Linked by Thom Holwerda on Mon 22nd Oct 2007 13:48 UTC
Windows Earlier today, OSNews ran a story on a presentation held by Microsoft's Eric Traut, the man responsible for the 200 or so kernel and virtualisation engineers working at the company. Eric Traut is also the man who wrote the binary translation engine for in the earlier PowerPC versions of VirtualPC (interestingly, this engine is now used to run XBox 1 [x86] games on the XBox 360 [PowerPC]) - in other words, he knows what he is talking about when it comes to kernel engineering and virtualisation. His presentation was a very interesting thing to watch, and it offered a little bit more insight into Windows 7, the codename for the successor to Windows Vista, planned for 2010.
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RE[2]: my dream
by markoweb on Mon 22nd Oct 2007 20:56 UTC in reply to "RE: my dream"
markoweb
Member since:
2006-11-30

sbergman27

Don't underestimate the future. In 5 years someone might come up with something so revolutionary that will require that address space or maybe even more. God knows, maybe we'll all be living in full HD worlds (sound, music, video, etc) and memory will gome in TB sticks. So to say that >64 bits is unnecessary is to say like IBM did in the early 80's - "who needs personal computers?!?"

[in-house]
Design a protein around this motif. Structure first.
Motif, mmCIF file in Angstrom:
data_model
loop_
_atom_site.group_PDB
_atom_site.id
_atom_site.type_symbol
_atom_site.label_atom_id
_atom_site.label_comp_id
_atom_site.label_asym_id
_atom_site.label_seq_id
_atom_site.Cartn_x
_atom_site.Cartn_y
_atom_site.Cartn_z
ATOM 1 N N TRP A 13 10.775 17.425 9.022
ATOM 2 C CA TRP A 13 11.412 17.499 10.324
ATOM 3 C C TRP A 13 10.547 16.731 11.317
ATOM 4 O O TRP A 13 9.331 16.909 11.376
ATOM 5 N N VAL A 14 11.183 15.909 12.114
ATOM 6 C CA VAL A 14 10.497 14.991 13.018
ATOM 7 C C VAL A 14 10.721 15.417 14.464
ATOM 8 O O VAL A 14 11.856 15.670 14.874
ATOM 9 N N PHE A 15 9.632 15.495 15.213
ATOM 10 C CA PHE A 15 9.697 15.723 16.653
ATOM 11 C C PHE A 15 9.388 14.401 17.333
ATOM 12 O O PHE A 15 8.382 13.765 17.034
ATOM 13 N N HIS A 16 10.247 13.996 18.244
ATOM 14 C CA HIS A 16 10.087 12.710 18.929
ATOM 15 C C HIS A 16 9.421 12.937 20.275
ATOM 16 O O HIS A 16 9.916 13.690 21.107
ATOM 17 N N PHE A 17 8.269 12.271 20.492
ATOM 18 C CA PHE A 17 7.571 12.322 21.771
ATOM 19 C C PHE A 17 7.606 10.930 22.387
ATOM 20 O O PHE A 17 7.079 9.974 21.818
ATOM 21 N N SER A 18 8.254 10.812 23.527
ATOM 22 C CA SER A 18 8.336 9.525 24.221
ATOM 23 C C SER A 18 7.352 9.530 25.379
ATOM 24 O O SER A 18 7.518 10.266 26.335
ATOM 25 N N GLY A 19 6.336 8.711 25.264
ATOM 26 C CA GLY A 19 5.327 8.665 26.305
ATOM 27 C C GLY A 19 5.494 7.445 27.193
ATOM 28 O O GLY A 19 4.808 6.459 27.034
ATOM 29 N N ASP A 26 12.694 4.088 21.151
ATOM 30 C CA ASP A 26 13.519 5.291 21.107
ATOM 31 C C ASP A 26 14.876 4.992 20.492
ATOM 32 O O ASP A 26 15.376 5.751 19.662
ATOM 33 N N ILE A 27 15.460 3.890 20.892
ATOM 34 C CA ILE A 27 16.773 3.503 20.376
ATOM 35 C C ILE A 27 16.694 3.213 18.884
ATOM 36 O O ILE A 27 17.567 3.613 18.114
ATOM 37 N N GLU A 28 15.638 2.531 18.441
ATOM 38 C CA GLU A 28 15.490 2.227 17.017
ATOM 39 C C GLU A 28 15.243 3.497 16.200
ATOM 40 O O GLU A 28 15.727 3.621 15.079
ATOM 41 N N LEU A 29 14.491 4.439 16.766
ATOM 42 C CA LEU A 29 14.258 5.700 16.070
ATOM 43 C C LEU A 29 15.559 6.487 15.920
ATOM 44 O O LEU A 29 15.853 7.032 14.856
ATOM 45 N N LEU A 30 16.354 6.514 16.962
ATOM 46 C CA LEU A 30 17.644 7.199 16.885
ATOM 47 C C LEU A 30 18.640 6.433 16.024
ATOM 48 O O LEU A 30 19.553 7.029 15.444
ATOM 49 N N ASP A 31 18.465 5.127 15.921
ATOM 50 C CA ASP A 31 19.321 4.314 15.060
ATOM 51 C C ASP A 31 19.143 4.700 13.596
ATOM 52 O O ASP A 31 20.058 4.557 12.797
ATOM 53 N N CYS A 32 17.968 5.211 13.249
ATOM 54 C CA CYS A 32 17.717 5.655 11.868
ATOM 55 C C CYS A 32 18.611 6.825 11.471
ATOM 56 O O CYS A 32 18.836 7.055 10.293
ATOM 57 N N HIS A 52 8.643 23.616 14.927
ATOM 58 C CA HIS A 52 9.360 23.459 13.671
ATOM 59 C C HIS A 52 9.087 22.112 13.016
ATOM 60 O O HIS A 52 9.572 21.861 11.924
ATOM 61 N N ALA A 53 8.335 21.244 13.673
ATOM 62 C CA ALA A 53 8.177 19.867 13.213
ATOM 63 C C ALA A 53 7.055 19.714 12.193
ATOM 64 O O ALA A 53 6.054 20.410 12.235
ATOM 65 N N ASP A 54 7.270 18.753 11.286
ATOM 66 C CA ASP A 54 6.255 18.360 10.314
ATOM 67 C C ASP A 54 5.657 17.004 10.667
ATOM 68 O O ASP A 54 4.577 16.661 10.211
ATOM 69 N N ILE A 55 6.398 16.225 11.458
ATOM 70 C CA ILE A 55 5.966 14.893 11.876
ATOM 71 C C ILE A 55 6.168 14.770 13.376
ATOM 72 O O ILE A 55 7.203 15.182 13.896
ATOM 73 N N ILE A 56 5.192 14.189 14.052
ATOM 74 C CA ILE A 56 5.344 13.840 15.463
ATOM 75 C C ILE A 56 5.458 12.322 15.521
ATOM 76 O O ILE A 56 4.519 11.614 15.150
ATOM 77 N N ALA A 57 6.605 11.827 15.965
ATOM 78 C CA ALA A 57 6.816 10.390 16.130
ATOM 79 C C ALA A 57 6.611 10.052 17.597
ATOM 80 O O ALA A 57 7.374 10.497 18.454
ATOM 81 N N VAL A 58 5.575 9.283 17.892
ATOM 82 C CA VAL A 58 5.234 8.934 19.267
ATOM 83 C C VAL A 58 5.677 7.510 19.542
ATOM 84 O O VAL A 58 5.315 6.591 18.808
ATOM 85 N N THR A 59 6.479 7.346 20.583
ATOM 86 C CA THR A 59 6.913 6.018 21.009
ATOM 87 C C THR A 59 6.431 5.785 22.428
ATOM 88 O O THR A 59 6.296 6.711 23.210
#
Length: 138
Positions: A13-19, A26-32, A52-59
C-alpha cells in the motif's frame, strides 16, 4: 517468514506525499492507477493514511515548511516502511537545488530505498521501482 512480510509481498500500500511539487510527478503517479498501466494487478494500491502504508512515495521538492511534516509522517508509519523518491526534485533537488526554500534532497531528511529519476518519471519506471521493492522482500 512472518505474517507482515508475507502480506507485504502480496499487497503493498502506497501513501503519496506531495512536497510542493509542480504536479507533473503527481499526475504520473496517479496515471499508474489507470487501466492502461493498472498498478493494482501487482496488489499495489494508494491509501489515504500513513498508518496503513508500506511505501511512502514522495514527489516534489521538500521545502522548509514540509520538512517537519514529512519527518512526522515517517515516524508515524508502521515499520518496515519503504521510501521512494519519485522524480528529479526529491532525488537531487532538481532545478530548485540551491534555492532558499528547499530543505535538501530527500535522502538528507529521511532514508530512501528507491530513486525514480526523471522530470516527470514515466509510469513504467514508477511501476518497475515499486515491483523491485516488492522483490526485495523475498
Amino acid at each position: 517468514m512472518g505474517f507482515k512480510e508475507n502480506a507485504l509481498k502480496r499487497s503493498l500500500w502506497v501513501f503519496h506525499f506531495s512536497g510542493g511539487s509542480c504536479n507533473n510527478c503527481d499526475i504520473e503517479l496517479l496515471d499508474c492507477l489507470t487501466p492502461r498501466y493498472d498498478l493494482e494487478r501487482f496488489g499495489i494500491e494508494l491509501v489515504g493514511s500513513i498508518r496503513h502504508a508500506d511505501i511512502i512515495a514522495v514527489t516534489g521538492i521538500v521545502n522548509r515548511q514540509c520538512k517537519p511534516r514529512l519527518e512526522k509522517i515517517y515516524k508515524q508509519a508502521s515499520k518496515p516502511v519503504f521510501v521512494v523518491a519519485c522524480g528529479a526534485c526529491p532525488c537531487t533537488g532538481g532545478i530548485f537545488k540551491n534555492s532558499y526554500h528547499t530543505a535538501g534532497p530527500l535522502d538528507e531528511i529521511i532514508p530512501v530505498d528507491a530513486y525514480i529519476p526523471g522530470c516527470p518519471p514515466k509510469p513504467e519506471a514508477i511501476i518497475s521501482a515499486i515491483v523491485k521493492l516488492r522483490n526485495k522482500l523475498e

Creating a 128-bit or larger processor is a piece of cake anyways. All you have to do is enlargen the instruction size and mingle with the microcode. If I'm not mistaken...
The only reason no one is making these, is because there is no market for them yet.
But if you are starting a new and using a larger address space doesn't seriously hurt performance, then why settle for less? Why not embrace the future right now?


And for those who still can't see the point in 64-bit proccessors, all I've got to say to you is - memory, there is never enough of it.

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